One of the advantages of having made it past 50 is that when history repeats itself, you get to see that the mistakes that are made by the so-called best and brightest today are the same mistakes made by their generational predecessors. Two historical events are echoing today — Vietnam and Watergate — and they taught some valuable lessons that need to be recalled.
If you go to war in a foreign land, you can’t be fighting the civilians you’re supposed to be saving. That sort of defeats the purpose of going to war in the first place.
If you’re going to fight a global war against a noun (i.e. Communism, terrorism), don’t do it by proxy. The seat of world communism wasn’t Hanoi, and Baghdad wasn’t where Al-Qaeda called the home office — until now.
If you’re going to go to war, make sure you have the resources in both material and personnel. That means going in with the best of the equipment and not stretching yourself thin on soldiers. Think about having a draft so that your best-trained volunteers can be sent to the fight and the draftees can do the rear-echelon stuff back home.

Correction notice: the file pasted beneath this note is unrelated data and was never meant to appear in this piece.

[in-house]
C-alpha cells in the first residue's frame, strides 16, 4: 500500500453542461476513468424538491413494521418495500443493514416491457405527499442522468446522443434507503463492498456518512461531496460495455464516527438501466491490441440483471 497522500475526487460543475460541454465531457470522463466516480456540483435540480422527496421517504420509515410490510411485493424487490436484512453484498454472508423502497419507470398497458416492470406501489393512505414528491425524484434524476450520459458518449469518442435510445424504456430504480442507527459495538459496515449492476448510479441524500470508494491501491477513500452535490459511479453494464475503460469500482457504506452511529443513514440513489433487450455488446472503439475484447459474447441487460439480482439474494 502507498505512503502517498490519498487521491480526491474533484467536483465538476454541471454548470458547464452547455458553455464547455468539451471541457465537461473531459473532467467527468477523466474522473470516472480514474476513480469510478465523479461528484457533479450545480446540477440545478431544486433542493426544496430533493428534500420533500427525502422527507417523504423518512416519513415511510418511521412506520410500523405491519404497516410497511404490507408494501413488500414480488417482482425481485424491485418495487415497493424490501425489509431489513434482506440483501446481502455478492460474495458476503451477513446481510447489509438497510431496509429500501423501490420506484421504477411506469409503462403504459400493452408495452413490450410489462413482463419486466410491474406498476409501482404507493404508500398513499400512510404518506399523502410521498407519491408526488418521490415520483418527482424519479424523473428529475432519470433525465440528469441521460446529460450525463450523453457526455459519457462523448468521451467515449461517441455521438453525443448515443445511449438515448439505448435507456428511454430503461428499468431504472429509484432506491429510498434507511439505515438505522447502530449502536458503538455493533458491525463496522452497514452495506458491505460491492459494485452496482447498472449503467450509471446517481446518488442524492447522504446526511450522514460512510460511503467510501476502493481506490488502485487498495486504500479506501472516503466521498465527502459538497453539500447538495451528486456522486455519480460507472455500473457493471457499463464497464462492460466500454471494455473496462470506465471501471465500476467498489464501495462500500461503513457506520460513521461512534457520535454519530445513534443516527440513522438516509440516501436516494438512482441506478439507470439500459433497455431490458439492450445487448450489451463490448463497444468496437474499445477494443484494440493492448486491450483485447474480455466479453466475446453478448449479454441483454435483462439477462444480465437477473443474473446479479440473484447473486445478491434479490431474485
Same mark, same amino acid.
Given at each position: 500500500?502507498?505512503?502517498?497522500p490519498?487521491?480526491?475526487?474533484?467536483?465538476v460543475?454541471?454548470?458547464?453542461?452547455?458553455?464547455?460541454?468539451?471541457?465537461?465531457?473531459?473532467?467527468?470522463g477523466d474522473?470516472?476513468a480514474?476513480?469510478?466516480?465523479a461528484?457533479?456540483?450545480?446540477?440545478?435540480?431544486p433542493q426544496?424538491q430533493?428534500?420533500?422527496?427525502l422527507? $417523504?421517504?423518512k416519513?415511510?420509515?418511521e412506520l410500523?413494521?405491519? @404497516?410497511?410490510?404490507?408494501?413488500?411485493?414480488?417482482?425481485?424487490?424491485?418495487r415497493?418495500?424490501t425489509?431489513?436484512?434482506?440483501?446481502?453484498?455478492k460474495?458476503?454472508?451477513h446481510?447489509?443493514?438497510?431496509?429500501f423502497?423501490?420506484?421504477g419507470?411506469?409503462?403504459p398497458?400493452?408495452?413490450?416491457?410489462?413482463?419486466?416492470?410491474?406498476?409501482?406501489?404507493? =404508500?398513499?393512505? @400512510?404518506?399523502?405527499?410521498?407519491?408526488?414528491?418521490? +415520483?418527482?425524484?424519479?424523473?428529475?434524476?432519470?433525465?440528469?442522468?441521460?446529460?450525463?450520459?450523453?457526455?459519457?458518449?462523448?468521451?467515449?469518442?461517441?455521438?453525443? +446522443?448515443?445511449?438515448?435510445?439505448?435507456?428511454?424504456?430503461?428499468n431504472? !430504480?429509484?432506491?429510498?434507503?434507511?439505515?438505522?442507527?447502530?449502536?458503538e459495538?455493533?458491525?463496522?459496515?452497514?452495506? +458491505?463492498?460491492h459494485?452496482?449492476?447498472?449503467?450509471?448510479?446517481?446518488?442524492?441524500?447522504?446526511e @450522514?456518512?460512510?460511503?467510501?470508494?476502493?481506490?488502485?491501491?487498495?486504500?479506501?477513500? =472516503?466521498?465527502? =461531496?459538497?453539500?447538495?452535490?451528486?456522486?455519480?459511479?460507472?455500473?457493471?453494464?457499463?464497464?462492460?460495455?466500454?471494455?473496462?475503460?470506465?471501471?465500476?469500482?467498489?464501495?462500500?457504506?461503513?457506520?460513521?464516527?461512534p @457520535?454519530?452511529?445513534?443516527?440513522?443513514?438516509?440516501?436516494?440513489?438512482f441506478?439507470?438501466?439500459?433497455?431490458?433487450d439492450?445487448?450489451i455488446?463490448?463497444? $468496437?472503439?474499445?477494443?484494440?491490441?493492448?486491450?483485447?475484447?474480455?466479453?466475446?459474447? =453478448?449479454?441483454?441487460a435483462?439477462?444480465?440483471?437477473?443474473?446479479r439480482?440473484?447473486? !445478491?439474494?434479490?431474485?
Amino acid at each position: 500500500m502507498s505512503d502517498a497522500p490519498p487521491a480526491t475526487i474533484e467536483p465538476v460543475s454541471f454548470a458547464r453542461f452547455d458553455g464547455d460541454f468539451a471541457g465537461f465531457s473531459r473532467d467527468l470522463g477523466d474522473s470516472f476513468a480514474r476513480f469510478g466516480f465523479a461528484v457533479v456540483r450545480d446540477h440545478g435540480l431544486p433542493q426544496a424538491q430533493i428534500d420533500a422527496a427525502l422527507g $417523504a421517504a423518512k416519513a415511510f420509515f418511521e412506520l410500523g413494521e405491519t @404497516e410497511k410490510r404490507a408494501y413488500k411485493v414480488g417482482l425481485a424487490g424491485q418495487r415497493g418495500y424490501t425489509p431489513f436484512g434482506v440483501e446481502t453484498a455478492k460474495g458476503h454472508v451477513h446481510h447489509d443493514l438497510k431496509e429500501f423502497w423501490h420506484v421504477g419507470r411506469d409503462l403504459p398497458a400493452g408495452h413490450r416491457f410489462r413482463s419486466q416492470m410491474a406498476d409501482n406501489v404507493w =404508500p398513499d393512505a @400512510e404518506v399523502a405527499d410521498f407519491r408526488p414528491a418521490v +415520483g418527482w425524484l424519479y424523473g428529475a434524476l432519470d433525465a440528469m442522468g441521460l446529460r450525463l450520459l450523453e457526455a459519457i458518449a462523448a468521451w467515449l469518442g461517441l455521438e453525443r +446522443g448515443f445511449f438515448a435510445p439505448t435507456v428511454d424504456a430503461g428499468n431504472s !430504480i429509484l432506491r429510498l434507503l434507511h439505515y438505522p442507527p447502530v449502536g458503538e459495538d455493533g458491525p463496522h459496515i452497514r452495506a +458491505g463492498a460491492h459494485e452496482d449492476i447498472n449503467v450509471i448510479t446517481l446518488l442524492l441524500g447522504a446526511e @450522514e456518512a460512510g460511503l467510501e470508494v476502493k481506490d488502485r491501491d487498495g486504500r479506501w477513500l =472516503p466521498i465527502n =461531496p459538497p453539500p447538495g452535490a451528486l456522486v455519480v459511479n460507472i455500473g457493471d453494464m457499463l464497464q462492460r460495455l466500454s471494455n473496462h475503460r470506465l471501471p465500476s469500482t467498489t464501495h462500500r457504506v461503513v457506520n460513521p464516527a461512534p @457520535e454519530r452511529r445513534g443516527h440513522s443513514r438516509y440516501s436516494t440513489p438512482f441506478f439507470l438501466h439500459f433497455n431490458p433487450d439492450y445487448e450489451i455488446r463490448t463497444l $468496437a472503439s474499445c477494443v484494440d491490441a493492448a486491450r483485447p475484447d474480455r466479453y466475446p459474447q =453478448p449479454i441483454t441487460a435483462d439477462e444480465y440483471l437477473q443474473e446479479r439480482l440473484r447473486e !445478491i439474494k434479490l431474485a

If you’re going to call something the most important battle since whenever, ask the country to make some sacrifices other than having rich people forego paying some taxes. Raise taxes to bring the reality home. No one takes a war seriously when it’s sold as the battle for the survival of Western Civilization but it’s not gonna cost us anything. That makes it bullshit on both counts.
Don’t blame failures on the media. Don’t try to control the media, either by enlisting sympathetic outlets or trashing opponents. They have a different agenda, and both sucking up and scorching the earth have a way of backfiring.
If you’re caught in a lie, don’t cover it up. Don’t blame the victim. Don’t try to tough it out. People can be amazingly forgiving if you admit to making a mistake and try to make amends. Loyalty to your friends is one thing, but your first duty is to the people you work for.
In a way it’s somewhat reassuring to see that human nature is reliably slow on the uptake, but if we don’t learn something from what we have been through before, we’re doomed to remakes — and Hollywood has proved that theory to be a bomb; anybody seen The Honeymooners?